Gunner (dog)

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Gunner (dog).jpg
Gunner with his handler Percy Westcott
Bornc. August 1941
Darwin, Northern Territory, Australia
Nation fromAustralian
EmployerRoyal Australian Air Force
Years active19 February 1942 - 1945
Known forAir-raid early warning during World War II[1]
OwnerPercy Westcott
Named afterGunner (rank)

Gunner (born c. August 1941) was a male kelpie dog who became notable for his reliability to accurately alert Allied air force personnel that Japanese military aircraft were approaching Darwin during the Second World War.[1]


The origins of the six-month-old black and white male kelpie have never been ascertained. He appears to have been a stray when was found on 19 February 1942, under the ruins of a mess hutat RAAF Darwin, following the first Japanese air raid on Darwin. He was found by personnel from No. 2 Squadron, Royal Australian Air Force (RAAF) who heard the dog whimpering, as result of a broken front leg.[2][3][4] The dog was taken to a field hospital, where a medical officer reportedly insisted that he could not treat a patient without knowing their name and number.[5] After being informed that the patient's name was "Gunner" and his number was "0000", the doctor set and plastered Gunner's leg.[6] At that point, Gunner officially entered the records of the RAAF.[5]

Leading Aircraftman Percy Westcott, one of the those who had found Gunner, assumed ownership of him and became his master and handler.[5] The young dog was badly shaken by his experiences, but quickly responded to the attention of Westcott and other personnel from 2 Squadron.

About a week later, Gunner first demonstrated his remarkable hearing skills. As the RAAF personnel went about their daily routine at the airfield, Gunner became agitated and started to whine and jump. Not long afterwards, the sound of approaching aircraft engines was heard by the airmen. A few minutes later, a formation of Japanese raiders appeared above Darwin and began bombing and strafing the town.[6] Two days later, Gunner again began whimpering and jumping, and not long afterwards came another air attack. This pattern was repeated over the weeks that followed. Long before the sirens sounded, Gunner would become agitated and head for shelter.[1] Gunner's hearing was so acute he was able to warn RAAF personnel of approaching Japanese aircraft, up to 20 minutes before they arrived and before they were detected by the rudimentary radar systems available at the time.[2][6][7] Gunner did not behave the same way when he heard Allied planes approaching; he could differentiate between the sounds of the engines used by Allied and Japanese aircraft. Gunner was so reliable that the commanding officer of 2 Squadron, Wing Commander A. B. "Tich" McFarlane, gave approval for Westcott to sound a portable air raid siren whenever Gunner's whining or jumping alerted him.[6] Later, when a number of stray dogs were roaming the base and becoming a nuisance, McFarlane ordered that all dogs other than Gunner were to be shot.[7]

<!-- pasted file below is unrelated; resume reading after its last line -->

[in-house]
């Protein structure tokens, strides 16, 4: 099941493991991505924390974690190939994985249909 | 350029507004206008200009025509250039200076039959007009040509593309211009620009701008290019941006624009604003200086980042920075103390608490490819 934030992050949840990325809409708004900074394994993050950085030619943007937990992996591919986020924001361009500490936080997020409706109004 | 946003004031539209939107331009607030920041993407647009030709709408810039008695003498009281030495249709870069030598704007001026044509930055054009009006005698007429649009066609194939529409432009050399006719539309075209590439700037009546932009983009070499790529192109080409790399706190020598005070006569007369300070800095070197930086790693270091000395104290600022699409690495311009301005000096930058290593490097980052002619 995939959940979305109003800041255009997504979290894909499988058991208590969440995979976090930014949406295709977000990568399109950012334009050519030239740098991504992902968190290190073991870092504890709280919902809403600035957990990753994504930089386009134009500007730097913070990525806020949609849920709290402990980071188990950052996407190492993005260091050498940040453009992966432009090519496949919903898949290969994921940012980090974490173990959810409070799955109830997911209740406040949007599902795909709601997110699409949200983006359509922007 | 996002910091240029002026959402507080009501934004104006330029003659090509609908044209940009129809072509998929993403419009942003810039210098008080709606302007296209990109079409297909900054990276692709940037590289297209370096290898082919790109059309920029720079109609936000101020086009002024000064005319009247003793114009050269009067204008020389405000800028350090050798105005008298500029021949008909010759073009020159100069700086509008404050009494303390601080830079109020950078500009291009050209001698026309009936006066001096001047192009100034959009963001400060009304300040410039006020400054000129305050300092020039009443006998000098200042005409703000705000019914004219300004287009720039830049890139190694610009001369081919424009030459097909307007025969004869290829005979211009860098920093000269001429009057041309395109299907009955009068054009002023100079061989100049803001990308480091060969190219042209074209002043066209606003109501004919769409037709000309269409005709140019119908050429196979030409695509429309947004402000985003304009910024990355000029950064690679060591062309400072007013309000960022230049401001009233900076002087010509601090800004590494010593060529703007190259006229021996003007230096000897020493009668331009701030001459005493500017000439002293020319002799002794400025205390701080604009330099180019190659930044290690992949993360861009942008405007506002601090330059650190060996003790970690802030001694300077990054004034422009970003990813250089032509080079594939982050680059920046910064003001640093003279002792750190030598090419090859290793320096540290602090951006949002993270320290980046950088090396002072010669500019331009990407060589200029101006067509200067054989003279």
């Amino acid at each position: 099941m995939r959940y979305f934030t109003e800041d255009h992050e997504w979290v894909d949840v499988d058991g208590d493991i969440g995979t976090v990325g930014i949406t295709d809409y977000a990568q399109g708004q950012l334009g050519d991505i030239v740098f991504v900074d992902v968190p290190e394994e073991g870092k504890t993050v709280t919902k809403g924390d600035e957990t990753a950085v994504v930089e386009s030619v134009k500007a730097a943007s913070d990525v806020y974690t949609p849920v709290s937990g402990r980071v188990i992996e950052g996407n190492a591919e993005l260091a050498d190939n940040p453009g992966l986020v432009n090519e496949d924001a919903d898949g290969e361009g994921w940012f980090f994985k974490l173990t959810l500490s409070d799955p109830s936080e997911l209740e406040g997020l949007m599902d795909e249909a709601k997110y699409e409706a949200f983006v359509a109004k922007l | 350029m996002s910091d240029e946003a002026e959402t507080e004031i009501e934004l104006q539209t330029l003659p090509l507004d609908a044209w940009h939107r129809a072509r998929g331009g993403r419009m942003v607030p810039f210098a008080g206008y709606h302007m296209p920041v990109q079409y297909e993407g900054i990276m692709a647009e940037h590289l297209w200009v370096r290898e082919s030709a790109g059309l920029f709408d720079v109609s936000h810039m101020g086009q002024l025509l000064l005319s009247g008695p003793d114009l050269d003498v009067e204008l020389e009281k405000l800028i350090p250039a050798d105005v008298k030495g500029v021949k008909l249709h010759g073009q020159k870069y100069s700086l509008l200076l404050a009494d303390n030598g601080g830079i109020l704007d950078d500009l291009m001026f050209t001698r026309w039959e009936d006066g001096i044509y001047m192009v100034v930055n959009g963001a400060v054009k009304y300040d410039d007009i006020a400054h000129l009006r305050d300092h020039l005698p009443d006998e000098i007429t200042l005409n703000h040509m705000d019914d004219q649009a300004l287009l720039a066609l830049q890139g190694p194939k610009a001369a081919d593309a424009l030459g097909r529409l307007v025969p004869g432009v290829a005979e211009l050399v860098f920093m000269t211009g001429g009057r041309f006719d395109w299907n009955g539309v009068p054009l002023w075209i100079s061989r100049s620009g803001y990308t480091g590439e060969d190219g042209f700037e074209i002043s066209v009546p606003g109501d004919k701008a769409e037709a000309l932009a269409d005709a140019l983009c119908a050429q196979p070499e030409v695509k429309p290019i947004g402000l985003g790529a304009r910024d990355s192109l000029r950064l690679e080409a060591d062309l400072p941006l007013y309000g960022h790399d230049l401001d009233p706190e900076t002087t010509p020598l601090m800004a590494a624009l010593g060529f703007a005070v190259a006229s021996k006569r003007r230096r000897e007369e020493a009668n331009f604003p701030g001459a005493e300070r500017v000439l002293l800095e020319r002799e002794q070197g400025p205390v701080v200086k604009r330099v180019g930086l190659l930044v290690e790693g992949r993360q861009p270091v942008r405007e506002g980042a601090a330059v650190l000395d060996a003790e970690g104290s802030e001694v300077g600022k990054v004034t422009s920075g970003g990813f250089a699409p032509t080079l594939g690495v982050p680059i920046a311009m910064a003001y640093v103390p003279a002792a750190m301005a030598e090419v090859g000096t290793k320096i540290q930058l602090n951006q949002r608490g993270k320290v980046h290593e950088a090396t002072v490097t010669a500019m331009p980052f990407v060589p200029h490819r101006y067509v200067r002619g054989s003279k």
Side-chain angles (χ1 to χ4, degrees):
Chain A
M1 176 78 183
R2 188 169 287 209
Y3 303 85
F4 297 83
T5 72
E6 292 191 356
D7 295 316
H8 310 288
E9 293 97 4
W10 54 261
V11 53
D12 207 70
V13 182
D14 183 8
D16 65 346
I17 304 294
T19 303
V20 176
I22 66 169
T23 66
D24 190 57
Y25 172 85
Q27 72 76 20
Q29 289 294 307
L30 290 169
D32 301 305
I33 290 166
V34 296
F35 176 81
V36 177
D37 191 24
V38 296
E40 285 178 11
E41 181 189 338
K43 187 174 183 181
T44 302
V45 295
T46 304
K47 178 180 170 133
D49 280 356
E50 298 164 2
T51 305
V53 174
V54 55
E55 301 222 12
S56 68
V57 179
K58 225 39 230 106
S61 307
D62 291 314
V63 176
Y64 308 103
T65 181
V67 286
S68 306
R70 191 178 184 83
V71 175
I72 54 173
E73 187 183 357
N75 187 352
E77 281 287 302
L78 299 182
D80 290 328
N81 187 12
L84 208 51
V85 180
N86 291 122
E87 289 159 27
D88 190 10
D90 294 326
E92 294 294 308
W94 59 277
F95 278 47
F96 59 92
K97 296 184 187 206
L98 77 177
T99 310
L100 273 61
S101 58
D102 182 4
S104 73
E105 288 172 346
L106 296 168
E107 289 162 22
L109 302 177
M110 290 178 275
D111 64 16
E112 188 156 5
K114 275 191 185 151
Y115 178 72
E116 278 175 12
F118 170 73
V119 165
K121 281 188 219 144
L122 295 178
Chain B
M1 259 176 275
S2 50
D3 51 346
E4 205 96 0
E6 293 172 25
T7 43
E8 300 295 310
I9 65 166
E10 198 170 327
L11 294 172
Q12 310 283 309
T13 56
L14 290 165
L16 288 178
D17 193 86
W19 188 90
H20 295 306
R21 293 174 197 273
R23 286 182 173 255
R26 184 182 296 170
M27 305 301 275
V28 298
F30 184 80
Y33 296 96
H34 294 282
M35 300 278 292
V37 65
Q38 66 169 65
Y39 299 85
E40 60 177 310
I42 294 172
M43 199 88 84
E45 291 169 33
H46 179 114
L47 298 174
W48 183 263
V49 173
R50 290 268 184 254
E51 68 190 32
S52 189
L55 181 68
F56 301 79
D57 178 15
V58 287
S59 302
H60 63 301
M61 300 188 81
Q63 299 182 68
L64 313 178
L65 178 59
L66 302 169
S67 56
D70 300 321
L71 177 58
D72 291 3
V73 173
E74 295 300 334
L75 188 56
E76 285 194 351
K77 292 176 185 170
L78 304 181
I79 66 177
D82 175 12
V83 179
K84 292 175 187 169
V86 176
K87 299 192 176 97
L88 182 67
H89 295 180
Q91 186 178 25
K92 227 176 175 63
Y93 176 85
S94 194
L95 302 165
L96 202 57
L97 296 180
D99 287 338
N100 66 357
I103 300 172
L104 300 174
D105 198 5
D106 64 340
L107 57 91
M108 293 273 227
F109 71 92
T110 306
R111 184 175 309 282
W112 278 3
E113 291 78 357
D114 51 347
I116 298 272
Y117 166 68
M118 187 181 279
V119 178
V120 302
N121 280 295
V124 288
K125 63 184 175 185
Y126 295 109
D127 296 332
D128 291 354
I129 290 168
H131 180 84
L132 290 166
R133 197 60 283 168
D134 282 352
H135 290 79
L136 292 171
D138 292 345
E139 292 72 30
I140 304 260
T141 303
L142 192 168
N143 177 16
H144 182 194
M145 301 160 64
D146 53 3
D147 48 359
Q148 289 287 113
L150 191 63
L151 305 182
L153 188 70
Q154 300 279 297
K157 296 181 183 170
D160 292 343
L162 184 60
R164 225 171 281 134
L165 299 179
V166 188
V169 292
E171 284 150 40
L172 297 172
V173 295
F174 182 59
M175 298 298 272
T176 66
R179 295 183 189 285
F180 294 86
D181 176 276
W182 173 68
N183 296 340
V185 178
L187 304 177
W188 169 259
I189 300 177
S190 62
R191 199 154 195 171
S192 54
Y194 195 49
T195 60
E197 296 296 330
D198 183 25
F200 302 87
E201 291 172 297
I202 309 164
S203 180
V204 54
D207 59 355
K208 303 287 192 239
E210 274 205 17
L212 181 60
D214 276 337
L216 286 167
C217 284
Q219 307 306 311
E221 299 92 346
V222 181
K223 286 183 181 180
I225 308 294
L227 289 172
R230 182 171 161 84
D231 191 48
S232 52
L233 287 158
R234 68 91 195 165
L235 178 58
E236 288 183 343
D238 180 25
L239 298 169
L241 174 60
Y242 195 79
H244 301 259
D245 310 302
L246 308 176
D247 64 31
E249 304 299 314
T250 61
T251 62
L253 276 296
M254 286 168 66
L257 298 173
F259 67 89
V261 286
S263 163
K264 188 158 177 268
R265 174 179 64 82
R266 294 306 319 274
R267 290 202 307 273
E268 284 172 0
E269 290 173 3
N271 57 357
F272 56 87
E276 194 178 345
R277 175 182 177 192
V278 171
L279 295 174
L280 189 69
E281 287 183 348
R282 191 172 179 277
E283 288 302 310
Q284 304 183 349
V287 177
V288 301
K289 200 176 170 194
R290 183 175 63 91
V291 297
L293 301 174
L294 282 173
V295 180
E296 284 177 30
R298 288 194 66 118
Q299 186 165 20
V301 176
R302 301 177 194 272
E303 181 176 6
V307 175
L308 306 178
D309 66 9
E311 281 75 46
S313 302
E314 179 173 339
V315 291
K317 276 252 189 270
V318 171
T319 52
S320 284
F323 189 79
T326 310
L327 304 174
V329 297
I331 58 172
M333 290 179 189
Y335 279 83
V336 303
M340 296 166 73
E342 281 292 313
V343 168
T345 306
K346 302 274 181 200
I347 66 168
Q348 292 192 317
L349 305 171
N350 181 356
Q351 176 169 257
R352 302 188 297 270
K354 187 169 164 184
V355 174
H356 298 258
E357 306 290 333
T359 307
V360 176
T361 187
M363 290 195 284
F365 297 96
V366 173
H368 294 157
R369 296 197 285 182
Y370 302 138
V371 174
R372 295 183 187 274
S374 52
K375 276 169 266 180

Gunner became such a part of the air force that he slept under Westcott's bunk, showered with the men in the shower block, sat with the men at the outdoor movie pictures, and went up with the pilots during practice take-off and landings.[5][6] When Westcott was posted to Melbourne 18 months later, Gunner stayed in Darwin, looked after by the RAAF butcher.[6] Gunner's fate is undocumented.

See also[edit]


  1. ^ a b c Page 044608. Australian War Memorial. Retrieved 2011-04-22
  2. ^ a b "Rescued puppy warned of raids" (PDF). Darwin, NT: News Limited. Northern Territory News. 21 April 2011. p. 16 (Tribute to the Vietnam Veterans).
  3. ^ Bombing of Darwin. Australian War Memorial. Retrieved 2011-05-11.
  4. ^ Darwin Air Raids. Australian War Memorial. Retrieved 2011-05-11.
  5. ^ a b c d Kerrigan, Vicki (19 February 2009). "Gunner" the air raid siren dog. Australian Broadcasting Corporation (ABC) Radio Darwin. Retrieved 2011-04-22
  6. ^ a b c d e f Hill, Anthony (2005, pp. 99 - 107). Animal heroes. Published by Penguin, Camberwell, Vic. ISBN 0-14-330199-3. OCLC 156393185
  7. ^ a b Cranston, Frank (15 August 1981). A man's very best friend in a nasty situation. The Canberra Times, page 2.